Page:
“CRI has given us the flexibility to make these pivots and rapidly iterate the manufacturing process and product.”
Justin Whiteley, Chief Technology Officer, Emergy Foods
Urgun-Demirtas praised Huggins and Whiteley as a high-energy team that worked hard to scale their process.
“They showed those of us at Argonne that their process could scale up and they were doing it all while testing, searching for funds and meeting the full demands of CRI,” Urgun-Demirtas said.
During this time, Emergy also was given the valuable opportunity to evaluate their business model to address the most pressing market needs, while providing the biggest societal and environmental benefits.
Emergy was able to demonstrate numerous applications for its technology, both in energy storage and water filtration, and worked with a multitude of companies in validating the performance of the materials it has produced, said Whiteley.
“We have explored a variety of commercial applications but determined that human-grade protein will be the most viable first market,” said Whiteley. “CRI has given us the flexibility to make these pivots and rapidly iterate the manufacturing process and product.”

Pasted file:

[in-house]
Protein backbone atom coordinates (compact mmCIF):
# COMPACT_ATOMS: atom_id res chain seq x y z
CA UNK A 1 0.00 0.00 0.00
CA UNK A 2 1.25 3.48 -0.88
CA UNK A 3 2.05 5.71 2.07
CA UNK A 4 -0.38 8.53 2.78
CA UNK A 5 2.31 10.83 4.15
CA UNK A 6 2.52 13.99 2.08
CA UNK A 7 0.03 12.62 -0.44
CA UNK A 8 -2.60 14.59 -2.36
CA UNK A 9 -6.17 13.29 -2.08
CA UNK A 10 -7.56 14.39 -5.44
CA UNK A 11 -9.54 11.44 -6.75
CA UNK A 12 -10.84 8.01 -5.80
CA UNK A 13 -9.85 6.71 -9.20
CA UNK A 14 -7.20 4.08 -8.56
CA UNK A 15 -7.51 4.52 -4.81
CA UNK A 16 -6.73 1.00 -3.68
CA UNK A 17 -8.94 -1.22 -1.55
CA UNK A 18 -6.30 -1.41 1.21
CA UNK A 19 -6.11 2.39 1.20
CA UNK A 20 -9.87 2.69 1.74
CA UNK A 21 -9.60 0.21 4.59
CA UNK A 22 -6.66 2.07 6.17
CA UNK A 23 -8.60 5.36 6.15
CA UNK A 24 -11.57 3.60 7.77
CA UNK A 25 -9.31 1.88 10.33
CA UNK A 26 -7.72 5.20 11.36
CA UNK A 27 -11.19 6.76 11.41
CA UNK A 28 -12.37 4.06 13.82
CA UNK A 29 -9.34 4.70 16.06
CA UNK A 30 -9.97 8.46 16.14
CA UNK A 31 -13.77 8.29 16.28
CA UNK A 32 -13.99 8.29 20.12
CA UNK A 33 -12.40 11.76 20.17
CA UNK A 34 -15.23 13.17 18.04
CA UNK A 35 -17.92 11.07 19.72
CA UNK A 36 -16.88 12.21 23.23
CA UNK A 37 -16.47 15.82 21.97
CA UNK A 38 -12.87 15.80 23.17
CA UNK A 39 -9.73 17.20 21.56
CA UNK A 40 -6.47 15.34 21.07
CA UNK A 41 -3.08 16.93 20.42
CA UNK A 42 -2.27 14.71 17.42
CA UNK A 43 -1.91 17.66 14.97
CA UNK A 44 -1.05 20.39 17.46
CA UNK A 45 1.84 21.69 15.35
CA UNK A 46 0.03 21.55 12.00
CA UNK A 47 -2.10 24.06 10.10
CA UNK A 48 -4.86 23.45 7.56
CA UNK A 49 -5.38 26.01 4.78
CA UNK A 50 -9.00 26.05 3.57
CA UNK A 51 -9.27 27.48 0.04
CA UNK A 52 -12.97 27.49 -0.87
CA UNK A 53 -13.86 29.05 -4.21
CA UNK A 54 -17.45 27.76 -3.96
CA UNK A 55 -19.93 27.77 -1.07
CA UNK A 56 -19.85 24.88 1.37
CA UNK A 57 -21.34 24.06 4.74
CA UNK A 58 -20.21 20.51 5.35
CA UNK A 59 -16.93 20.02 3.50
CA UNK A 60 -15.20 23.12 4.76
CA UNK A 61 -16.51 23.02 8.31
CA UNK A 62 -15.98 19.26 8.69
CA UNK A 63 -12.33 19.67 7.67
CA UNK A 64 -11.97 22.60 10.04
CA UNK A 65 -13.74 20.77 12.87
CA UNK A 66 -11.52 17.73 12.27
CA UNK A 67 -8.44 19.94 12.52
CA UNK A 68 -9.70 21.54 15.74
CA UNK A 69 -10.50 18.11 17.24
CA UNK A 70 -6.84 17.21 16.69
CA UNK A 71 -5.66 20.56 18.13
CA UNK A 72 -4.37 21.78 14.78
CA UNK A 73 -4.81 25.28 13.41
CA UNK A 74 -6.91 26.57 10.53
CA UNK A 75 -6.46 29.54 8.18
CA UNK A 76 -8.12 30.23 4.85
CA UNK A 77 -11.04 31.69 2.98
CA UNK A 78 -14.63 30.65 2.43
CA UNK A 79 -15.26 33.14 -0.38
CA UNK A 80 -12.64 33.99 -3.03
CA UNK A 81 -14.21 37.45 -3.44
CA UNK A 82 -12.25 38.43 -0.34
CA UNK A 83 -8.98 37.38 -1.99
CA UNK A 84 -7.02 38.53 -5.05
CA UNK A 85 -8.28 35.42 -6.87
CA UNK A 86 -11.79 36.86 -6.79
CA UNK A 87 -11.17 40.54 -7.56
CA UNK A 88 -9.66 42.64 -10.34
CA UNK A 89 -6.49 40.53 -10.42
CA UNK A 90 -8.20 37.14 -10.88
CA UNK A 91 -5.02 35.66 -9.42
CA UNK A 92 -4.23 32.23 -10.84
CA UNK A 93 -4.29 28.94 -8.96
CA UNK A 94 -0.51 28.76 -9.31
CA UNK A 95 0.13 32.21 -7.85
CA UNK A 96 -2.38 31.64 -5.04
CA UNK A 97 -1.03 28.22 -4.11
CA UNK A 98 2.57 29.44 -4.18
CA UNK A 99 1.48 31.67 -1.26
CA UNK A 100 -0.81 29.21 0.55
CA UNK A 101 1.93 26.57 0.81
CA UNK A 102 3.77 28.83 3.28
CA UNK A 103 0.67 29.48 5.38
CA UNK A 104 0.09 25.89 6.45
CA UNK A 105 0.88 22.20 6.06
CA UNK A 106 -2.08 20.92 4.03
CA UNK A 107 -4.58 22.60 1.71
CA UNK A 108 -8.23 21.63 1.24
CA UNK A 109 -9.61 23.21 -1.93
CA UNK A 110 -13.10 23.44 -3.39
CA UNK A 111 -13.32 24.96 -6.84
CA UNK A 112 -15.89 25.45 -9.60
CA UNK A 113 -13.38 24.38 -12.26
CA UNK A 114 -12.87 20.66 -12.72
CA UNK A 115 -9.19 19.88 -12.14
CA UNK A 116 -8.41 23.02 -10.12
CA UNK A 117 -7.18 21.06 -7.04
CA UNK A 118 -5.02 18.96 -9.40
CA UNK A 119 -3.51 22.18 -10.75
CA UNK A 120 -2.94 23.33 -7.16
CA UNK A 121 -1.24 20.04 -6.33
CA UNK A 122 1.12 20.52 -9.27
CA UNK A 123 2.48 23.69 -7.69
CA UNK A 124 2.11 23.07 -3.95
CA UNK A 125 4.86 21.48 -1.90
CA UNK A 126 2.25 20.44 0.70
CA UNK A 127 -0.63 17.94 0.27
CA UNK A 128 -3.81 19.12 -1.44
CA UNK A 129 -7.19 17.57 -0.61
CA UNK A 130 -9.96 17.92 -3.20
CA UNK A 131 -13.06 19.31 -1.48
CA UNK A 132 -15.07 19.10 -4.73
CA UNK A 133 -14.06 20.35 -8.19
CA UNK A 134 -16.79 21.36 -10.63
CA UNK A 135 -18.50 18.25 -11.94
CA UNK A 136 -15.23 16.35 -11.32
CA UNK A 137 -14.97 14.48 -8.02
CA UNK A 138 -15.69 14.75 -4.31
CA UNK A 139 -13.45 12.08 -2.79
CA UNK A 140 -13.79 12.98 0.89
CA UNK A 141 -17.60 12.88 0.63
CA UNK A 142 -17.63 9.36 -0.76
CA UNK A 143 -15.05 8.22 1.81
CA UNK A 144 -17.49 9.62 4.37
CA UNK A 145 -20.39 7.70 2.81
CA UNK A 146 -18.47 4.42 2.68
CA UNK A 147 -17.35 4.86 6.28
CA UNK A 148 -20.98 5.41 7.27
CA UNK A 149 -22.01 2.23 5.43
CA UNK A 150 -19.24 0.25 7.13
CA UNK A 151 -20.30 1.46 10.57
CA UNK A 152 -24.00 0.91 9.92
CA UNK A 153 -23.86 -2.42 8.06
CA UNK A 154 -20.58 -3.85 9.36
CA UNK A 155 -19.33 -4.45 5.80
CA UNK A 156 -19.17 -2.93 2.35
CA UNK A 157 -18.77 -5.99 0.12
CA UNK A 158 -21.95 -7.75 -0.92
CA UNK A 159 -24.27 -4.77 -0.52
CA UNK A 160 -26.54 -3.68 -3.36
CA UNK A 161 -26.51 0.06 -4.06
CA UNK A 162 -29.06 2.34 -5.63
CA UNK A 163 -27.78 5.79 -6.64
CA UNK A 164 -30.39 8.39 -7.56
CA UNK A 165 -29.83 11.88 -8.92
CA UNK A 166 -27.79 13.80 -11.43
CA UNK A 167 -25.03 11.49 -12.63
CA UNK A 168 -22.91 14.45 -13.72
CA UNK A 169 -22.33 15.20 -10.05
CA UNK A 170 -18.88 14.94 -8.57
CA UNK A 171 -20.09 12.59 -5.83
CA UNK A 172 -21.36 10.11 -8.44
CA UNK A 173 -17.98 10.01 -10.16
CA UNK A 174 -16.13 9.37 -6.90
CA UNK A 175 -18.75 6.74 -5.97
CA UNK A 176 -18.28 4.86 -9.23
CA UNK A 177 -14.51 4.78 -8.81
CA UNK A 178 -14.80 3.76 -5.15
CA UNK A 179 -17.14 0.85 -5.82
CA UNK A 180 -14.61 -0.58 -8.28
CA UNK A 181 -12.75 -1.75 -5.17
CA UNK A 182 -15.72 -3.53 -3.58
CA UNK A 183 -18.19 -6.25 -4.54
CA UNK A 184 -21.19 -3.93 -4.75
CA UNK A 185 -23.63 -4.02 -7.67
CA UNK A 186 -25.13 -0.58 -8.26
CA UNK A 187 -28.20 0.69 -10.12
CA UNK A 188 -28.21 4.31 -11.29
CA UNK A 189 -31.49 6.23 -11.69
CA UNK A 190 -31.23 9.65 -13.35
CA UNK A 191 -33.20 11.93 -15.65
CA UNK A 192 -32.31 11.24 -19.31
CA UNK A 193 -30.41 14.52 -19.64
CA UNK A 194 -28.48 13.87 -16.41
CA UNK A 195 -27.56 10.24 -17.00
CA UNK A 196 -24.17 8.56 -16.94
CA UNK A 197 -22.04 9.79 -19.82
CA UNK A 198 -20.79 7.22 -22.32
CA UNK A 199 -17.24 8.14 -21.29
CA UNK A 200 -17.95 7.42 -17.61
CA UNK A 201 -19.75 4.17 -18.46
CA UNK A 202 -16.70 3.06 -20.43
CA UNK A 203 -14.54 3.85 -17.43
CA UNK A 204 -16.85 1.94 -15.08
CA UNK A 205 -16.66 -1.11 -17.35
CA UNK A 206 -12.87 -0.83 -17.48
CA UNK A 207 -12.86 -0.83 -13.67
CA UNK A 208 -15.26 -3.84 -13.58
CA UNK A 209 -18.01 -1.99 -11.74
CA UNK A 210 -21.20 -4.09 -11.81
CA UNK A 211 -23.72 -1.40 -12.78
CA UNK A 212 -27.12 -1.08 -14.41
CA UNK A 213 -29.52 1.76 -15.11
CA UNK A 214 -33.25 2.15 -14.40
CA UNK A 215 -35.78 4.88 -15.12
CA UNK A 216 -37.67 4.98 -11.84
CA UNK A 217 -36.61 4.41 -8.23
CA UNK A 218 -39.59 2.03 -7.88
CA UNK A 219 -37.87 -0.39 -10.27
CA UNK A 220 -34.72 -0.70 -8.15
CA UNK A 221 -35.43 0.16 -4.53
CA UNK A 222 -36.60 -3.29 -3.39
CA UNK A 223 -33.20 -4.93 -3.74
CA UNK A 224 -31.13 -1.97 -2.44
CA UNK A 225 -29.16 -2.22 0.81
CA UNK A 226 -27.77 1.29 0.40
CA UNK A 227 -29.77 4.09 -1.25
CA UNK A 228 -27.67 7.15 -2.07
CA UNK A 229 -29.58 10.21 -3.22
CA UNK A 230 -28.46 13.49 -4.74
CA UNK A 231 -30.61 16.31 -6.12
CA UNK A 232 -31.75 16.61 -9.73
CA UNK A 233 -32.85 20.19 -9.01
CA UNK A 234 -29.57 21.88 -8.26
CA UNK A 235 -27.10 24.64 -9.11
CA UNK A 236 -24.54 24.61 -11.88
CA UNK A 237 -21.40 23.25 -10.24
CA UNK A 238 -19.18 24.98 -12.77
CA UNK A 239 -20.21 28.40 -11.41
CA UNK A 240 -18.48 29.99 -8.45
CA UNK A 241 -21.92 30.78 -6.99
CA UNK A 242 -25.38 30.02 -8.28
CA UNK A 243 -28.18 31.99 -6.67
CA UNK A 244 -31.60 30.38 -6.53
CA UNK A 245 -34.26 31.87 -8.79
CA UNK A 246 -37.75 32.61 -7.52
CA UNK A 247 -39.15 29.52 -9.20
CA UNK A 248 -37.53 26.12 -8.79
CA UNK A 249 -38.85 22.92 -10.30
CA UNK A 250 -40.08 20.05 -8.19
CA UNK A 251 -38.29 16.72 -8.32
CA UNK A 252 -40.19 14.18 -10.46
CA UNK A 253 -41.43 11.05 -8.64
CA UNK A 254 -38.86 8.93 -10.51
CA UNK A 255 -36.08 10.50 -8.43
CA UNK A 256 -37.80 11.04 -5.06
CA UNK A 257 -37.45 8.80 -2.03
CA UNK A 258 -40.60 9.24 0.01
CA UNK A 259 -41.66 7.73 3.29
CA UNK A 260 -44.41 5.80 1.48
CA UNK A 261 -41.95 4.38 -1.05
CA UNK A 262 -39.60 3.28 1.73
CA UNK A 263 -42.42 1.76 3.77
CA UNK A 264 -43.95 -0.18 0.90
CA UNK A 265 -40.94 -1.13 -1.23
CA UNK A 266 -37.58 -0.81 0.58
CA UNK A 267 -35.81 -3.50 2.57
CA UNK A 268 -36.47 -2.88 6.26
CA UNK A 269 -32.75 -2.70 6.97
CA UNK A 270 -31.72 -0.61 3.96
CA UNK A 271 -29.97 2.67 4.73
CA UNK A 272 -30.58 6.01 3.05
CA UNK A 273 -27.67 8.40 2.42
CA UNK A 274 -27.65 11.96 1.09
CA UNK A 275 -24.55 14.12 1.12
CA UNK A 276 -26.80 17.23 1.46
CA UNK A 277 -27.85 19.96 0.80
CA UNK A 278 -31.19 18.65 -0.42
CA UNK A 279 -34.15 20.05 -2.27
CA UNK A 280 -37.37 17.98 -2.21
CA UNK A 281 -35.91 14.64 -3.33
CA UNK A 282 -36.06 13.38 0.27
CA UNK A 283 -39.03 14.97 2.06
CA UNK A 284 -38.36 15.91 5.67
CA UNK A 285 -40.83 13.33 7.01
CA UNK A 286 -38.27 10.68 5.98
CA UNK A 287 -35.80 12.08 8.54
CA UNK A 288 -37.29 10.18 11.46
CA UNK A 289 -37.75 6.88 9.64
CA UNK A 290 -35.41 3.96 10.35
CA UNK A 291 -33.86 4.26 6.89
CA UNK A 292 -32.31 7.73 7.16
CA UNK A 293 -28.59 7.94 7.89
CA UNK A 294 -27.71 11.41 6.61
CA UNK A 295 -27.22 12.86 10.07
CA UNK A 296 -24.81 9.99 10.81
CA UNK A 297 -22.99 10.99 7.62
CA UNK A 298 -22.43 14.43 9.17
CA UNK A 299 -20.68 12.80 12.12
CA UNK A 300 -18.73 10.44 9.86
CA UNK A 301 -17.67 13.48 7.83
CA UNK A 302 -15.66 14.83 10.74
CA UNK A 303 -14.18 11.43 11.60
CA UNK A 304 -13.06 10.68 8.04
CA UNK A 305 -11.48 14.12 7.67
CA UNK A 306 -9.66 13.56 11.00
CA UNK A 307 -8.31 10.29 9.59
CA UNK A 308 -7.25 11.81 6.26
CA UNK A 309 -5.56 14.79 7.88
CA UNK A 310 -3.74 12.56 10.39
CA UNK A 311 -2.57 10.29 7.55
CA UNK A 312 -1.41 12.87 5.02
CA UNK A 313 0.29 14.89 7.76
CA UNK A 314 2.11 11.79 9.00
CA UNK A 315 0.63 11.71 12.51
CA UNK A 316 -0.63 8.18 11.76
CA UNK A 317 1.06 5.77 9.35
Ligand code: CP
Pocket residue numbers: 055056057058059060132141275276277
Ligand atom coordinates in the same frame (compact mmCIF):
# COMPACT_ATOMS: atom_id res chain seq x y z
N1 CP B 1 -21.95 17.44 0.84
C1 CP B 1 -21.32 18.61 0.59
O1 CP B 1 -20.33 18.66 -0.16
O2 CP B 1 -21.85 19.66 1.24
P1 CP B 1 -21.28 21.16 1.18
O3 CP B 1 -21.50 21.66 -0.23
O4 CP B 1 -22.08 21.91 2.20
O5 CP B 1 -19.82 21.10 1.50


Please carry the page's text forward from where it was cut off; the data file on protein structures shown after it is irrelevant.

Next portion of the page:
Also, while working with mentors and other professionals at the Polsky Center for Entrepreneurship and Innovation at the University of Chicago, Whiteley and Huggins refined their entrepreneurial skills by testing several business hypotheses. Emergy went through several pivots before finding a sweet spot in protein production. Leveraging Emergy’s underlying technologies and expertise, they started working on growing what they call “better than meat” products that have the look and feel of animal-based whole muscle meat with all the fiber and nutrients of vegetables.
“Argonne has given us credibility and a stamp of approval that this is a viable technology and Argonne also helped to create our reputations in this field,” said Huggins. “CRI also gave us a safe place to explore and to fail and to learn and to test the waters on how we could succeed in business. We were able to develop business skills and it rounded us out as business professionals.”
Being embedded at Argonne also provided a turnkey lab for Whiteley and Huggins to work in and to start developing their process. With all the equipment and analytical tools they needed already in place, they could get to work quickly, which saved them time and money.
“I’ve enjoyed the opportunity to work alongside world-class scientists,” said Whiteley. “I will probably never get this opportunity again to work so intimately at a national laboratory.”
Now with a revised business plan and several prototypes in hand, Emergy could begin to sell a sustainable and edible protein product to consumers in coming years, aiming to make it a mainstream protein source, such as a protein powder or meat alternative.
While a release date for Emergy’s first product is still being determined, Huggins and Whiteley are confident the world will witness drastic changes in the food we eat and how it is produced in the next few years.
Read more about the impact of CRI innovators.